PeopleSoft missed but user says meeting worth it

The Australian and New Zealand Quest JD Edwards user conference in Melbourne last month was a success, despite the absence of PeopleSoft.

The Australian and New Zealand Quest JD Edwards user conference in Melbourne last month was a success, despite the absence of PeopleSoft.

That’s the view of John Davies, a conference attendee and application team leader at Natural Gas Corporation, a user of JDE products before the takeover of JDE by PeopleSoft last year.

“The feedback was positive, but they [PeopleSoft] were missed.”

Earlier this year PeopleSoft pulled out of all conferences held by Quest, a JDE user organisation, because of disagreements with the Quest board over the terms and conditions of its support.

Historically JD Edwards supported Quest conferences by providing guest speakers and promotional material, but following its acquisition of JDE last year that mantle passed to PeopleSoft.

Davies, who is treasurer for Quest Australasia, says this year’s conference “was more of a user conference in the true sense. There was no vendor hype, but we had the usual exhibitors and it was all positive.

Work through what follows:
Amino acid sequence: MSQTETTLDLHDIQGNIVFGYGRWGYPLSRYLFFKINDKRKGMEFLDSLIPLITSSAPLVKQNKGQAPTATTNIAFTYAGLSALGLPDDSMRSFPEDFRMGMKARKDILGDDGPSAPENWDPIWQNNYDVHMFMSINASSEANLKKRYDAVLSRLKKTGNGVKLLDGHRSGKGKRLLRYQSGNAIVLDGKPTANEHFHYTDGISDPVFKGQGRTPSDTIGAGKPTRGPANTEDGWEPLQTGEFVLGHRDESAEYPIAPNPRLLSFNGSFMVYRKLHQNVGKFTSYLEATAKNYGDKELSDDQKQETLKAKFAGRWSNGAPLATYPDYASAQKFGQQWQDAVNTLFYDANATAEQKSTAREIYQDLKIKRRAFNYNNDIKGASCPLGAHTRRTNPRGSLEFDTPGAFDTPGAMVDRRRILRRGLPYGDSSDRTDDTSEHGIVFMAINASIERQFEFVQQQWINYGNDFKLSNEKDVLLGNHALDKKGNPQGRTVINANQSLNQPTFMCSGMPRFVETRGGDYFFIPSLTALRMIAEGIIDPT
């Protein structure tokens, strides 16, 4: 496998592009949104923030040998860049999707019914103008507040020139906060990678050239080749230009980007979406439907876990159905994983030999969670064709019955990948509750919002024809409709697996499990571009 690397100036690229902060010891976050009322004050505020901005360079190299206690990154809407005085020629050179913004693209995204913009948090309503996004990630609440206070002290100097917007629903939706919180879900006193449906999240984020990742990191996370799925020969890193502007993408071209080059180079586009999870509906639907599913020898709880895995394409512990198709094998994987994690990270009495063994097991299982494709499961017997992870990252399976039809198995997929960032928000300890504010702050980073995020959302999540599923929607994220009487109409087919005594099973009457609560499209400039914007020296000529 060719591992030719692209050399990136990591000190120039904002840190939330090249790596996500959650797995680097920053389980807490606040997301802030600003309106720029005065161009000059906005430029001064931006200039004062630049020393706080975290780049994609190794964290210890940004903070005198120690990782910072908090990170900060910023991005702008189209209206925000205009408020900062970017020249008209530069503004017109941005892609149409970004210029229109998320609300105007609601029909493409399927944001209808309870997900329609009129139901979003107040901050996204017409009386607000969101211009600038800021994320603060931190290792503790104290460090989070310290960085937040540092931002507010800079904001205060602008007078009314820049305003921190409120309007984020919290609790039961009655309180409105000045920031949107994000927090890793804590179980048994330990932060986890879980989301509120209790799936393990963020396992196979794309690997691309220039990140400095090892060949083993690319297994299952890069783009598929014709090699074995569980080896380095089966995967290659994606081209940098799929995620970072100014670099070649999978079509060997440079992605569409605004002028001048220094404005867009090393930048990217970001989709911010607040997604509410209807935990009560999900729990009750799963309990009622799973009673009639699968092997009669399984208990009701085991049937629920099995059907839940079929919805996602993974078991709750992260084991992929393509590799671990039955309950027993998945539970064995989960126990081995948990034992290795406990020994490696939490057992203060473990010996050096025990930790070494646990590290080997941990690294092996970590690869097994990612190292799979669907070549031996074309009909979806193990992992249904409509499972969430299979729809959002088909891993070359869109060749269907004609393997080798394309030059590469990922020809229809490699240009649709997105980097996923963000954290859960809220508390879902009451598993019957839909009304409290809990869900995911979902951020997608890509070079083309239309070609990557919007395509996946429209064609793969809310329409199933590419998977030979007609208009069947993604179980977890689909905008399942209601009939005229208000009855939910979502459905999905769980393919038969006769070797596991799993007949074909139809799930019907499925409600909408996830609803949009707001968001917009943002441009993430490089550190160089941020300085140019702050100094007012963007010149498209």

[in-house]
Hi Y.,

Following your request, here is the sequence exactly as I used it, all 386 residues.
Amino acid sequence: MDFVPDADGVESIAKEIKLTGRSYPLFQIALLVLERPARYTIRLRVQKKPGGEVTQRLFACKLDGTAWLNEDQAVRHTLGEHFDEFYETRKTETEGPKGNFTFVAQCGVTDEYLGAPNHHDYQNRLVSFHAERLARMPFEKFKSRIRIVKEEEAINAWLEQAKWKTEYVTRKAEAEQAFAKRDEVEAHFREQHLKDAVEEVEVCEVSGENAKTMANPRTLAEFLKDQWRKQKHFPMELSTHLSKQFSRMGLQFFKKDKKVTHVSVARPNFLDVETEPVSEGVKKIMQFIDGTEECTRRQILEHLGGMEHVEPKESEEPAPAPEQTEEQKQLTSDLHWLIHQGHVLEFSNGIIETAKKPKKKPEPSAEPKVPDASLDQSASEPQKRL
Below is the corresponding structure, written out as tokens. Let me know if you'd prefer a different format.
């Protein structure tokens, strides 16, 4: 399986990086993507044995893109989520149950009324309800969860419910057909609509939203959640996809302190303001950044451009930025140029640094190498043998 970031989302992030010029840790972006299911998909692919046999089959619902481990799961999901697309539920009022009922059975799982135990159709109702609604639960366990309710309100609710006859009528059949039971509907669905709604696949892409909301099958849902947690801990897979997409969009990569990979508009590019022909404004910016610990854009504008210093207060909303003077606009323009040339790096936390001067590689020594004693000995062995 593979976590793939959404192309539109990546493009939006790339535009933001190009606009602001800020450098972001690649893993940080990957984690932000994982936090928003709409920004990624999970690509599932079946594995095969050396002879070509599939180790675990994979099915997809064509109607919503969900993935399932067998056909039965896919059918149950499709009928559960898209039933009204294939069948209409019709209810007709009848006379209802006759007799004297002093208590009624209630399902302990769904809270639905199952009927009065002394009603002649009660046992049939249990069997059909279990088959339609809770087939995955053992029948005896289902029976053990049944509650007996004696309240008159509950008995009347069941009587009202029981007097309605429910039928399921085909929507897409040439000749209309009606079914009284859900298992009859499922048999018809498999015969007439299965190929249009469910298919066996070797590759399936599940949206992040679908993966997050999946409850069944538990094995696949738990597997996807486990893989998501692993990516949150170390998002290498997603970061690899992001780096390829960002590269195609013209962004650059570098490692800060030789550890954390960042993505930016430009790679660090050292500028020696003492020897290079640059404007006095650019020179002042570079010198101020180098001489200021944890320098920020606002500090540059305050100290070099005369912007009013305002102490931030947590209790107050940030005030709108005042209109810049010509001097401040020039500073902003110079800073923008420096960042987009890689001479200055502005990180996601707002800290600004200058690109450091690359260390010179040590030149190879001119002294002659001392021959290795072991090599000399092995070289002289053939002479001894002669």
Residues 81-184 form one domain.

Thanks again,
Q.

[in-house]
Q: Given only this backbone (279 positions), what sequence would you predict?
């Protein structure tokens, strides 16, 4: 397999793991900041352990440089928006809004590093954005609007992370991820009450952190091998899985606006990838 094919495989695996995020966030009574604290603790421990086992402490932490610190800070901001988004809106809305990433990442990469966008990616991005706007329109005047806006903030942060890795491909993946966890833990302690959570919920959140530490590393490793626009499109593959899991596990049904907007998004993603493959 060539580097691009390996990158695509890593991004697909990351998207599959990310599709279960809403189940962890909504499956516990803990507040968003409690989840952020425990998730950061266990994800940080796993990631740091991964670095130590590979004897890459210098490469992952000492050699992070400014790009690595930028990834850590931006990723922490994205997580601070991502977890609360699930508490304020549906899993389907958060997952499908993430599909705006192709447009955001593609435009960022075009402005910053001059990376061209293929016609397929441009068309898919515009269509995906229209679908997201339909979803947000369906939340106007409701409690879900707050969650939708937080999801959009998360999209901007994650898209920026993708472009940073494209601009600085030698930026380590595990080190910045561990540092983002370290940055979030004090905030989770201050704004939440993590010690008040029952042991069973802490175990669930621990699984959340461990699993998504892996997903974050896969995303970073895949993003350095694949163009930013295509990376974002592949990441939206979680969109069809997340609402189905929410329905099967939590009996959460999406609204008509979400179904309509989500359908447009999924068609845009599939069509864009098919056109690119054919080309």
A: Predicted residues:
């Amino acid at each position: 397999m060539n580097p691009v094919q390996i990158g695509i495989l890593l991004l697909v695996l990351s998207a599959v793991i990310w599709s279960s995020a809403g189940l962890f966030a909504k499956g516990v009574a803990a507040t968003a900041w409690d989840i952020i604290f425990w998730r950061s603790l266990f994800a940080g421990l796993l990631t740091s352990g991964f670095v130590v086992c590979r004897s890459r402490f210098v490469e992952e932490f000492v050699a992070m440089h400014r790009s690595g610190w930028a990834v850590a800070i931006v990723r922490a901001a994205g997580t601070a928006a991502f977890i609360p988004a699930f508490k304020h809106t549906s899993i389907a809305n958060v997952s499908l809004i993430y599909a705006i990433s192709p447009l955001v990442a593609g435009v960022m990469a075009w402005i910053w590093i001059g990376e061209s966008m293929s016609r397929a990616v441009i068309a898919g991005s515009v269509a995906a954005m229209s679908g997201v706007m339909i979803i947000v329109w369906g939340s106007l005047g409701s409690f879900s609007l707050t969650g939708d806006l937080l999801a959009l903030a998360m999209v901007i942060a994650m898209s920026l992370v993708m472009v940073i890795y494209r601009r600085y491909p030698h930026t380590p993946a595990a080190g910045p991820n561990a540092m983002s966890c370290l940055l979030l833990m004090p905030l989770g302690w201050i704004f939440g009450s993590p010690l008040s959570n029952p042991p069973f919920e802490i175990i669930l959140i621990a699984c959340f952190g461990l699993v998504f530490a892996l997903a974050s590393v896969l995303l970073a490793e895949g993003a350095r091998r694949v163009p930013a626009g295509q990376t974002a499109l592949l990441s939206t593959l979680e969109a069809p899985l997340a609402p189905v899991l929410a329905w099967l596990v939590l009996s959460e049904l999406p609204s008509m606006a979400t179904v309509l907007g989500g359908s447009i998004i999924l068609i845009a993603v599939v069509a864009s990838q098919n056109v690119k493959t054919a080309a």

“One thing we missed was the JDE view of the world, noting all the new functions.”

It would be nice to see PeopleSoft involved in future Quest conferences in Australasia, he says. “Quest has the infrastructure in place to run conferences and people will benefit if Quest and PeopleSoft are in the same place.”

PeopleSoft has said it wants to support its own Connect user conference, which is held annually in the US, and doesn’t believe users should be represented by a fee-based organisation like Quest, which charges $A370 a year for individual membership.

PeopleSoft NZ national sales manager Andy Batchelor says the vendor’s ICAB (international customer advisory board) looked at PeopleSoft’s user group model last year in light of the JDE acquisition and polled members.

“ICAB, which has three Quest directors on its board, decided there should be one user group globally and put that model to Quest. PeopleSoft can’t support multiple user group models.”

According to Quest’s US-based board, disagreements over how PeopleSoft would support any future Quest conferences also played a part in its decision. Quest has accused PeopleSoft of wanting to vet Quest’s communications with members and wanted Quest to retract a statement saying PeopleSoft would support future Quest conferences.

Davies says it boils down to a difference in the culture of JDE and PeopleSoft.

“JDE was more customer- and technology-focused and PeopleSoft is more sales-focused. The two organisations had a slightly different view [of user group policy].”

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